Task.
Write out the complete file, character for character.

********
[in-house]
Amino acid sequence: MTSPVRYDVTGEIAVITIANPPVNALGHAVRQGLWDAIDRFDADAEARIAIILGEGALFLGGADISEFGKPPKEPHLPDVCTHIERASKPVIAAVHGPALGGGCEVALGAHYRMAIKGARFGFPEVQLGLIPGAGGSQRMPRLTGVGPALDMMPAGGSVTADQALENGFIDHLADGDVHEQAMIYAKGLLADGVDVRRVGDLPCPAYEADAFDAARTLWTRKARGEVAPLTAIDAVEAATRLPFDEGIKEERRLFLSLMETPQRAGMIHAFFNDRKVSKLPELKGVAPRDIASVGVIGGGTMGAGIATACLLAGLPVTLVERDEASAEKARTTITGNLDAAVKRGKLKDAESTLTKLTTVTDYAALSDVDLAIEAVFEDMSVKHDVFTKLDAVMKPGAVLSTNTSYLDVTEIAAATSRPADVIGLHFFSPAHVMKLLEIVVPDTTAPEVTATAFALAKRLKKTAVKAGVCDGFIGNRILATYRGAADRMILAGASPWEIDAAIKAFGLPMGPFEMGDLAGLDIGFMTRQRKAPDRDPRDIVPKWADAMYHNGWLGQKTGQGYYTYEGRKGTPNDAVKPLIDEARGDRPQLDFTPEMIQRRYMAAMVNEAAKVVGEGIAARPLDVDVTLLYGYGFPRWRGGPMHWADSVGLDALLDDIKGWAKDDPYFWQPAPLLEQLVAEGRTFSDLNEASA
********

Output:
[in-house]
Amino acid sequence: MTSPVRYDVTGEIAVITIANPPVNALGHAVRQGLWDAIDRFDADAEARIAIILGEGALFLGGADISEFGKPPKEPHLPDVCTHIERASKPVIAAVHGPALGGGCEVALGAHYRMAIKGARFGFPEVQLGLIPGAGGSQRMPRLTGVGPALDMMPAGGSVTADQALENGFIDHLADGDVHEQAMIYAKGLLADGVDVRRVGDLPCPAYEADAFDAARTLWTRKARGEVAPLTAIDAVEAATRLPFDEGIKEERRLFLSLMETPQRAGMIHAFFNDRKVSKLPELKGVAPRDIASVGVIGGGTMGAGIATACLLAGLPVTLVERDEASAEKARTTITGNLDAAVKRGKLKDAESTLTKLTTVTDYAALSDVDLAIEAVFEDMSVKHDVFTKLDAVMKPGAVLSTNTSYLDVTEIAAATSRPADVIGLHFFSPAHVMKLLEIVVPDTTAPEVTATAFALAKRLKKTAVKAGVCDGFIGNRILATYRGAADRMILAGASPWEIDAAIKAFGLPMGPFEMGDLAGLDIGFMTRQRKAPDRDPRDIVPKWADAMYHNGWLGQKTGQGYYTYEGRKGTPNDAVKPLIDEARGDRPQLDFTPEMIQRRYMAAMVNEAAKVVGEGIAARPLDVDVTLLYGYGFPRWRGGPMHWADSVGLDALLDDIKGWAKDDPYFWQPAPLLEQLVAEGRTFSDLNEASA